Friday, 14 March 2014

Indefinite detainees must be released

Leaders of the Uniting Church across Australia have called for immediate action from state, territory and federal governments, after revelations that at least 30 Aboriginal Australians are being held in indefinite detention without trial or conviction.

"The predicament of Rosie Anne Fulton and others is nothing short of a national tragedy," said Uniting Church in Australia President, Rev. Prof. Andrew Dutney in response to revelations on the ABC's Lateline.

"A person who is unfit to stand trial belongs in care, not in a prison. This is an outrageous failure of our duty of care as a nation that we have allowed these most vulnerable people to languish in prisons without charge or conviction.

"We know that Aboriginal people are incarcerated as a result of over-policing, prejudice in the legal system and disadvantage as a result of culturally inappropriate practices. The changes in laws relating to minor offences under the Intervention and Stronger Futures legislation have also directly contributed to an increase in incarceration rates. These issues must be addressed if we are to reduce the rate of indigenous incarceration," said Rev. Prof. Dutney.

The Chairperson of the Uniting Aboriginal and Islander Christian Congress Rev. Rronang Garrawurra appealed for Ms Fulton to be returned to her country in the Northern Territory.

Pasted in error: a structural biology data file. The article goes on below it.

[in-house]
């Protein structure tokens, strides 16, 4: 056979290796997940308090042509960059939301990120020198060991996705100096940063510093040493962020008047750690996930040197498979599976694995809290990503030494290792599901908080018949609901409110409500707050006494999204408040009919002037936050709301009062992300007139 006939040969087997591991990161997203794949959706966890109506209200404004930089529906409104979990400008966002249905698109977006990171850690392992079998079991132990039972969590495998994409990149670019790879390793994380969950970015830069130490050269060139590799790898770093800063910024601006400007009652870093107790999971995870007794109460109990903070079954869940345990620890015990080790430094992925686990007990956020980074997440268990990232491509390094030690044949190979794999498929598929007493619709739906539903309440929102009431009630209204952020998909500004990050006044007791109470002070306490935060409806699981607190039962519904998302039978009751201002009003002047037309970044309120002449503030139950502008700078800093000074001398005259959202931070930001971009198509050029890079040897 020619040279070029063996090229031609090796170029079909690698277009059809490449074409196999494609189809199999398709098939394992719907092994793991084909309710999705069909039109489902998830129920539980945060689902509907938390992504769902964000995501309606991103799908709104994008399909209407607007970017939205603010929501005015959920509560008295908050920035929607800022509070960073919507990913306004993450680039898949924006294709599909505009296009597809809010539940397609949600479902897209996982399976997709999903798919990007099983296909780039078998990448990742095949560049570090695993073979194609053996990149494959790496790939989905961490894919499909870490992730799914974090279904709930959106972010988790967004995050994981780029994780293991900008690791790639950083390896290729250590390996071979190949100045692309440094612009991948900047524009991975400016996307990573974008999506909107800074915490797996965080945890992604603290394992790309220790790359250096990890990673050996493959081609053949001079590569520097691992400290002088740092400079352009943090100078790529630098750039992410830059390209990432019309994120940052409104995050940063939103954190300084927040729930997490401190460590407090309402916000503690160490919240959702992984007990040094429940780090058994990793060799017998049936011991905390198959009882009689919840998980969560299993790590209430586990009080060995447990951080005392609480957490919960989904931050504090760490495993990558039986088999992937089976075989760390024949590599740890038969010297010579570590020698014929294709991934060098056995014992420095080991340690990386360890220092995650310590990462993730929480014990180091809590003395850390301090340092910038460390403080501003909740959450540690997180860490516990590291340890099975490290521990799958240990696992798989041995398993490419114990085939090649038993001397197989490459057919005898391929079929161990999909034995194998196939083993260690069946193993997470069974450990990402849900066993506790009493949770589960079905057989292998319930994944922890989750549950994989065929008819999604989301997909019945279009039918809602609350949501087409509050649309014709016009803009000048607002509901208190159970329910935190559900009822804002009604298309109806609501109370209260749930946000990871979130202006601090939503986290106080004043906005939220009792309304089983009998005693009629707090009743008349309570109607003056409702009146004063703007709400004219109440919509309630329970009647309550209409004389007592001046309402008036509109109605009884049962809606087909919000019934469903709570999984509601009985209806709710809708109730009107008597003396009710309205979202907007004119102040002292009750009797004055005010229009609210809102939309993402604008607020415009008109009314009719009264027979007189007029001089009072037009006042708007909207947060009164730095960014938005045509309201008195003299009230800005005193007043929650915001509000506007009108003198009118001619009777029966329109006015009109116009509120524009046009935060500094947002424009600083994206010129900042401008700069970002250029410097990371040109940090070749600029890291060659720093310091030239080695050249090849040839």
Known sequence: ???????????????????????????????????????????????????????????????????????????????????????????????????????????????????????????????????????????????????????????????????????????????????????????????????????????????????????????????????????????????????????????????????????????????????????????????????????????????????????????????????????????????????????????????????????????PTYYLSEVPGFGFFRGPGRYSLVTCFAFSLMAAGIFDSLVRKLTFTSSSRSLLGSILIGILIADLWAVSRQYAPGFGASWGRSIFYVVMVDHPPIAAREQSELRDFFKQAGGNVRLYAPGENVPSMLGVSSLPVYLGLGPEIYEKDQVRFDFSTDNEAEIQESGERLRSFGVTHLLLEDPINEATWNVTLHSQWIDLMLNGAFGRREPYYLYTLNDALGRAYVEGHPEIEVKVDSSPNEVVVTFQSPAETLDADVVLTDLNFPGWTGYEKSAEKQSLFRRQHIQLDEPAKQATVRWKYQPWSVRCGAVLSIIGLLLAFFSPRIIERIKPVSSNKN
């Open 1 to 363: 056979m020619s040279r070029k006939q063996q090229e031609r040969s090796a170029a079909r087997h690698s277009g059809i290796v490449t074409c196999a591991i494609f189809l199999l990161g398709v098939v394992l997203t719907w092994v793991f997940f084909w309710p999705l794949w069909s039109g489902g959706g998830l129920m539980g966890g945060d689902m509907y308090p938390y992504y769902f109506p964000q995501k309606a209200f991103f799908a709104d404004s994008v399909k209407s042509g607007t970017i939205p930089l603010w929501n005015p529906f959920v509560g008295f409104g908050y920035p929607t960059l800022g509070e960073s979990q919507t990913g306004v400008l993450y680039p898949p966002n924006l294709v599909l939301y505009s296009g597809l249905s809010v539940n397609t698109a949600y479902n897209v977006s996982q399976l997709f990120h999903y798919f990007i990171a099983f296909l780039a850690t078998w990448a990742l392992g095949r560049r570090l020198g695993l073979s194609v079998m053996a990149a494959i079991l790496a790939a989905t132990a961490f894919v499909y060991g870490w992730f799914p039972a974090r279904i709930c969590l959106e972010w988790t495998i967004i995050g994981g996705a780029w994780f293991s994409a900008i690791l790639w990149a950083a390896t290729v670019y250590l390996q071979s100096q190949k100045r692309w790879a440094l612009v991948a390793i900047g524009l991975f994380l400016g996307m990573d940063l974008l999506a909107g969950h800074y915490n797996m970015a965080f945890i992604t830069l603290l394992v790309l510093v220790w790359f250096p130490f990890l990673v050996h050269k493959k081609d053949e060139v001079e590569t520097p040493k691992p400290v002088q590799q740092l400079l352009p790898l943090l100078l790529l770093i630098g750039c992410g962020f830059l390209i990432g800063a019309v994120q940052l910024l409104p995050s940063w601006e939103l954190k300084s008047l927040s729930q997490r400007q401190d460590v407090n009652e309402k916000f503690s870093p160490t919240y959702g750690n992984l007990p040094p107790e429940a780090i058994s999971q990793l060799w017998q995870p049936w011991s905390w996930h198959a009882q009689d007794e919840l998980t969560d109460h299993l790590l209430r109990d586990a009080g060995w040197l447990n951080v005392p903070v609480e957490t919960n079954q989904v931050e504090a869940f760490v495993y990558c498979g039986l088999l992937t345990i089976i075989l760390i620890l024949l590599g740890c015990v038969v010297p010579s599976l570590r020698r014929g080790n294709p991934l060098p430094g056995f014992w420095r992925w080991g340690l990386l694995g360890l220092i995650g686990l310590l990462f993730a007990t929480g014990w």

"The government, the health departments - all the Second Peoples need to listen to First Peoples," said Mr Garrawurra, speaking through an interpreter in his native Yolngu language.

"This girl needs to be with her family and relatives in her country. Only there can healing begin with her relatives and community around her."

Associate General Secretary of the UCA Synod of Western Australia, Rosemary Hudson-Miller, said "It is estimated that up to 62% of prisoners in WA suffer from a mental illness. Given the gross over-representation of Aboriginal people in our legal system, this is a horrifying statistic."

Ms Fulton remains in a Kalgoorlie prison 18 months after being arrested for driving offences. The magistrate in her case declared her unfit to plead because of intellectual impairment, and no other options for secure care are available in the area.

The Moderator of the Uniting Church's Northern Synod Pastor Stuart McMillan based in Darwin has urged authorities to act quickly to break the impasse. "The fact that an intellectually impaired person can be left to rot in prison for this long in this day and age is deeply shameful," said Mr McMillan.

"The NT and WA Governments should be talking to each other and finding an immediate solution. The Federal Government also needs to start work as a matter of urgency to provide more secure care facilities for people in this situation."

The Uniting Church begins a "Week of Prayer and Fasting" for justice for First Peoples on Monday 17 March.

On Tuesday 18 March hundreds of church members – Aboriginal and non-Aboriginal – will gather on the lawns of Parliament House in Canberra in a public prayer vigil to lament injustices like this that are still perpetrated against Aboriginal and Islander people.